Last edited by Brian Pfleuger; February 11, 2013 at 09:31 PM.
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Old February 11, 2013, 10:01 PM   #57
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I give hand guns to people with slide locked back.

I rack the slide on any handgun given to me.
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Old February 11, 2013, 10:14 PM   #58
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Jim Page

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Old February 13, 2013, 10:29 AM   #59
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"locked and cocked, and the safety was off"
How do you cock and lock with the safety off?
No offense Kraigwy!
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Old February 13, 2013, 01:21 PM   #60
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Once in college a friend's friend was showing off a Springfield. He drew it from a zipper bag and was jokingly, casually pointing it at me and other onlookers. It was unloaded and he stated that but I was terrified and thought much less of the guy ever since.

Whenever I show a gun to someone, I keep it pointed well away from people. Action open, no magazine, and I touch the chamber. Then when I hand it to someone I explain why I did that and ask them to do the same as a double-check and to make them comfortable.

Maybe that one time educated me on how to make others around me more comfortable handling my and their guns.
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Old February 13, 2013, 01:35 PM   #61
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Went to the local Cal-ranch(Wal-mart for Farmers and hopeless Rednecks like me, fencing,feed,etc.). I asked to see a couple of pistols. The guy quickly and carelessly opened the actions, then closed them without me seeing, then handed them to me. I immediately opened the actions when I got them and looked much more carefully.
I didn't ask to see the other two I wanted to handle.
I couldn't keep the thought out of my mind that if this young man continued to handle guns that way an accidental discharge at some point in his life was almost guaranteed.
Gaily bedight, A gallant knight In sunshine and in shadow, Had journeyed long, Singing a song, In search of El Dorado
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Old February 13, 2013, 11:37 PM   #62
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As long as it's not pointed at me or someone else.
Some years ago at a previous employer a couple detectives from the local PD stopped by.One opened his coat and his sidearm fell out. The boss-and they-were stunned at how fast I scooped it up and cleared it.
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Old February 16, 2013, 11:24 PM   #63
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I had an AD from an "unloaded" gun go into my left knee. This was after asking the fool if it was unloaded. Keep the muzzles safe and remember the fundamentals. I'm thankful to be walking 18 months later. Check twice. Walk forever
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Old February 17, 2013, 03:30 AM   #64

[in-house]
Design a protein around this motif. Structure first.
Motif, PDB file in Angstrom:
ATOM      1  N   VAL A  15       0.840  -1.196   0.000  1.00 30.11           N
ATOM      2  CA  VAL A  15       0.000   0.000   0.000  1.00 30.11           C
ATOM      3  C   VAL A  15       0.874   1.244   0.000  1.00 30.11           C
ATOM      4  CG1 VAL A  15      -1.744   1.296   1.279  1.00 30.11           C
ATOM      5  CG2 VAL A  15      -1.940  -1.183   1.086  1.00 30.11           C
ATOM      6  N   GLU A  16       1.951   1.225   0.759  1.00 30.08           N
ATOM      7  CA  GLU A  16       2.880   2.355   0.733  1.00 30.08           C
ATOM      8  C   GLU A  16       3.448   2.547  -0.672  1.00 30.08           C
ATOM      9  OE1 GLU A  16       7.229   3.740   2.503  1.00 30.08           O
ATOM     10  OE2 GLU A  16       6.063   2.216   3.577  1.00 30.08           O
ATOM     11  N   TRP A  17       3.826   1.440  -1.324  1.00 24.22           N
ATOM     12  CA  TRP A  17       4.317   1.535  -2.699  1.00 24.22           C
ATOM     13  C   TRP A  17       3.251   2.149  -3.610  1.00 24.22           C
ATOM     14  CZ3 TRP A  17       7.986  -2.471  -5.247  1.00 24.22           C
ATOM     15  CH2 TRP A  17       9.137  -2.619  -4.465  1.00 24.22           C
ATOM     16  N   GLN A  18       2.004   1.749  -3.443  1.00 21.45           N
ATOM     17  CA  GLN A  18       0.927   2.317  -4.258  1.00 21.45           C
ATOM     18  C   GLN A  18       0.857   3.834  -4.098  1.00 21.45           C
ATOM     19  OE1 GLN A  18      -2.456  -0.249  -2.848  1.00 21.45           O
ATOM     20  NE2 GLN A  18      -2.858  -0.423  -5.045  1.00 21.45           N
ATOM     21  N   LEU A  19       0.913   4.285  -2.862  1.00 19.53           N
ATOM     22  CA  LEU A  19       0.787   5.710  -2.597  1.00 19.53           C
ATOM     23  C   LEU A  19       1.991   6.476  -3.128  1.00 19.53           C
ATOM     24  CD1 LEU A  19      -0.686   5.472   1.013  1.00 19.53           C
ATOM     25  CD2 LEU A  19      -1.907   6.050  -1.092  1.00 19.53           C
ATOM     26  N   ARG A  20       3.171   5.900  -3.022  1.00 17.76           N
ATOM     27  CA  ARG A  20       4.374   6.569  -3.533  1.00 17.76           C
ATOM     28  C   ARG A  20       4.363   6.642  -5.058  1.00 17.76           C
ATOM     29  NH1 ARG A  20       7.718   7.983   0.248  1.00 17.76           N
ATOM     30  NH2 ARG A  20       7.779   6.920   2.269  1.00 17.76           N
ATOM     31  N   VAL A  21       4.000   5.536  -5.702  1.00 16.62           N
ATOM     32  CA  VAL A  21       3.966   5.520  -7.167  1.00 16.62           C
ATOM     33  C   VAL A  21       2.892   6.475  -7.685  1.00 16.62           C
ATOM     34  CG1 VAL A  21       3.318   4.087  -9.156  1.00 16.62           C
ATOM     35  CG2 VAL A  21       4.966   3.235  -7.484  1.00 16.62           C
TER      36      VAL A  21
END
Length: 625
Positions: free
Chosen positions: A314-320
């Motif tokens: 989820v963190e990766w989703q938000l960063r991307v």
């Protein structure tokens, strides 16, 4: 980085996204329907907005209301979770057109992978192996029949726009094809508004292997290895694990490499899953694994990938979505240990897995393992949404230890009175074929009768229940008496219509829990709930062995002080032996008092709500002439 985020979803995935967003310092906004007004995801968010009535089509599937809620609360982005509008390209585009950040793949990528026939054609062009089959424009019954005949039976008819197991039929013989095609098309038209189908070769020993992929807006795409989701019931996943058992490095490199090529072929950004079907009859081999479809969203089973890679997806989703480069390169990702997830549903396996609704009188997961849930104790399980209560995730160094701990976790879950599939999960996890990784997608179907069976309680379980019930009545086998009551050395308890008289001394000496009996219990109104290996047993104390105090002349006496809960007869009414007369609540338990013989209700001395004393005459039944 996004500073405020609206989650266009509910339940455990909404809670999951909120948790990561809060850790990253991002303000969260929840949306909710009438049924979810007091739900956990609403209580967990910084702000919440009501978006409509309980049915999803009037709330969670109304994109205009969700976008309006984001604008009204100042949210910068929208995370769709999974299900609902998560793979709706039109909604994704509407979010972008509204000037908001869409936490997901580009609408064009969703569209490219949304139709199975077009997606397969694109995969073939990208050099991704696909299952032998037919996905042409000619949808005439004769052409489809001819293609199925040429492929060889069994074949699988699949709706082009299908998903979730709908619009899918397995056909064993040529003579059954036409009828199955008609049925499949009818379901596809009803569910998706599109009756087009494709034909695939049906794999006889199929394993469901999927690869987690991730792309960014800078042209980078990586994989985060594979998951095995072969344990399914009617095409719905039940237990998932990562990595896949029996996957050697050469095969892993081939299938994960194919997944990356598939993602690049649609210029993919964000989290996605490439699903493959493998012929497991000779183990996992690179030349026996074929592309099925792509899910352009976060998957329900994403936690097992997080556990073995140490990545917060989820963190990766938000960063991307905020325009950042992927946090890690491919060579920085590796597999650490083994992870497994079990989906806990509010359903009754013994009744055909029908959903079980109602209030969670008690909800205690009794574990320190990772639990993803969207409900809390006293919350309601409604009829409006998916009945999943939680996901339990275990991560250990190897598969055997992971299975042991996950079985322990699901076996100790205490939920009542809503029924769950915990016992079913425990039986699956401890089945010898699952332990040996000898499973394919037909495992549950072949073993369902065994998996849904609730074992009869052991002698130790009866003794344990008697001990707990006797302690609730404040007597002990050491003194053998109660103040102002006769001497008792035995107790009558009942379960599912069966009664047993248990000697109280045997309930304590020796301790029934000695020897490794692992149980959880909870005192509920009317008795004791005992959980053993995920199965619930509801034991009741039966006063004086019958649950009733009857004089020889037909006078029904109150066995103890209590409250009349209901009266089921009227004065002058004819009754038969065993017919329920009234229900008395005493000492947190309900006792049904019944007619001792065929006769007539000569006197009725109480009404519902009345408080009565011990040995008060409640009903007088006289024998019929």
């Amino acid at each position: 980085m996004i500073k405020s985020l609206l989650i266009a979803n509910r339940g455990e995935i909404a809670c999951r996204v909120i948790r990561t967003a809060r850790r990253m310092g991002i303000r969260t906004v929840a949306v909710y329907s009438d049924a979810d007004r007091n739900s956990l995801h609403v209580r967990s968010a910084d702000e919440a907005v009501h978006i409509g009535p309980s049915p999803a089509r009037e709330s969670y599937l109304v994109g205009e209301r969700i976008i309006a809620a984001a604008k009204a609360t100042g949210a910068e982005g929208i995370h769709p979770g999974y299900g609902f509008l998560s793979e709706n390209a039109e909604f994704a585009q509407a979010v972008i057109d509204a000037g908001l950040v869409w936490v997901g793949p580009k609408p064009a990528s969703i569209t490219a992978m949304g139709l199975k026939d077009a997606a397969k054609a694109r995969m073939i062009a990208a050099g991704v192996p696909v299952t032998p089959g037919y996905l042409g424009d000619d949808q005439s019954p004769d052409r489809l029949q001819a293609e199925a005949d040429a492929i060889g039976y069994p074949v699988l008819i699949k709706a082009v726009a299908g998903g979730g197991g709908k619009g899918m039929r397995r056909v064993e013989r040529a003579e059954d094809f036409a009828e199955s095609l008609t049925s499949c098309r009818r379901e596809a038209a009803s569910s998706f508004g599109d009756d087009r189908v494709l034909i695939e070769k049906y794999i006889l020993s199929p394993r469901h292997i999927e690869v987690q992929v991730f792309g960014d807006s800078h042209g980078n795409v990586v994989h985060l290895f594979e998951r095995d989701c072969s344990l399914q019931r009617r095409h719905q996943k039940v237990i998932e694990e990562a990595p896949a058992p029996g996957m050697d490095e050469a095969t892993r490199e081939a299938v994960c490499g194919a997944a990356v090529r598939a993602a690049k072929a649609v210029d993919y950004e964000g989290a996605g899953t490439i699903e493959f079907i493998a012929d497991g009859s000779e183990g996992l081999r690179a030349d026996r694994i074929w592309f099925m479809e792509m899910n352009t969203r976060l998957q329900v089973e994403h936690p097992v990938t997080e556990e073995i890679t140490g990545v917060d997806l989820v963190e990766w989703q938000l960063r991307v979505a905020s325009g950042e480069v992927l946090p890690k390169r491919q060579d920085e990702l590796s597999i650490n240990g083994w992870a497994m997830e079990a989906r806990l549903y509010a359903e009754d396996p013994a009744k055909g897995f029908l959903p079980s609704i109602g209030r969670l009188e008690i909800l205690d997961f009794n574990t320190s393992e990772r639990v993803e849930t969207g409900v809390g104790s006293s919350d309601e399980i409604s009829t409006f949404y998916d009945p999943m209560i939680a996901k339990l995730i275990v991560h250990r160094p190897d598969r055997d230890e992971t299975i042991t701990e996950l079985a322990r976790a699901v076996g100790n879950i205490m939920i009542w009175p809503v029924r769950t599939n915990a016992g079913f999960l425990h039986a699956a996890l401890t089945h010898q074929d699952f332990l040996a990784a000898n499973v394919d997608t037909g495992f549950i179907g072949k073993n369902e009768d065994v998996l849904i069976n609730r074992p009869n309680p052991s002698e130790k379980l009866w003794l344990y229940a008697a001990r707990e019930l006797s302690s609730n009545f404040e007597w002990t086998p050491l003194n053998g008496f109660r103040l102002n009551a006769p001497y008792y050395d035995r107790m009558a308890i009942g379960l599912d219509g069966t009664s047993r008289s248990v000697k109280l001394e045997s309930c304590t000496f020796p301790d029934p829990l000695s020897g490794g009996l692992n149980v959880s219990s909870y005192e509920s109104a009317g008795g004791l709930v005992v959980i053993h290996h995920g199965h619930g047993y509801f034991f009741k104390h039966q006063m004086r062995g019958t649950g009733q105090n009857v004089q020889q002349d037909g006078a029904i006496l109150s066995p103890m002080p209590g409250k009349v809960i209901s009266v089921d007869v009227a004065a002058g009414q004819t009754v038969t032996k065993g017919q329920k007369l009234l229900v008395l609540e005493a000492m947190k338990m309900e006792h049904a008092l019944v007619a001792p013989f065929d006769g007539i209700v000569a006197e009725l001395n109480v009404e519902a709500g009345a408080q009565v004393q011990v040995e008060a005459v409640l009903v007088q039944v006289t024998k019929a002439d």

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When I was about 10 years old someone in the apartment above us had been shot, so my mom (extremely uneducated about firearms) decided to bring out her old 38 special revolver. At the time, I had never really been around guns, so I have no idea what the model was, but I pretty quickly understood that I did not want to treat a gun like she did that night. She brought it out of her drawer completely unaware of the fact that it had been sitting there loaded for years. She didn't know how to unload it and certainly didn't know the weapons safety rules.

After a few minutes of messing around with it, she tried to open the cylinder while her finger was on the trigger and discharged the weapon. The bullet came pretty close to me, but it didn't hit me. It ricocheted off of the linoleum tile and into the bathroom where it embedded itself into the side of the ceramic tub. She sold the weapon after that instead of trying to learn what she was doing, but I definitely learned a healthy respect for firearms that day. She's just lucky that the bullet hit the ceramic and didn't go into the next apartment.
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Old February 18, 2013, 11:56 PM   #65
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For 55 years I've been an active shooter and regret to say that I've witnessed
very many examples of careless gun handling--some of which resulted in negligent discharges. I'm guilty of one which blew a hole in my new truck's door.

If, in a recreational setting in the field, on the range, or at home, and we're looking at each other's guns, my rule is to have the actions open if it ain't cased or holstered. I've observed that some folks don't like to be directed in this manner and resist this etiquette. These guys I avoid.
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Old February 21, 2013, 06:16 PM   #66
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Couple months ago my buddy bought a truck, and I went over to his house to check it out. He lives in the middle of the woods in a pretty secluded area;however, there is a guy who lives about a mile up the road from him. We had just stepped out of the garage, and we started hearing gun shots. Then we heard a bullet fly right between us. We were probably 5 feet apart. We ran into the garage, and waited 5 minutes before stepping out again. All 5 of those minutes there was continuous shots being fired with brief intervals of which if I had to guess was the guy reloading. We then went to step out again. Guess what happened? Two more go flying past us. To this day every time I hear a gunshot out there I cringe at the very thought of that day, and how lucky I was that neither of us were struck by those bullets.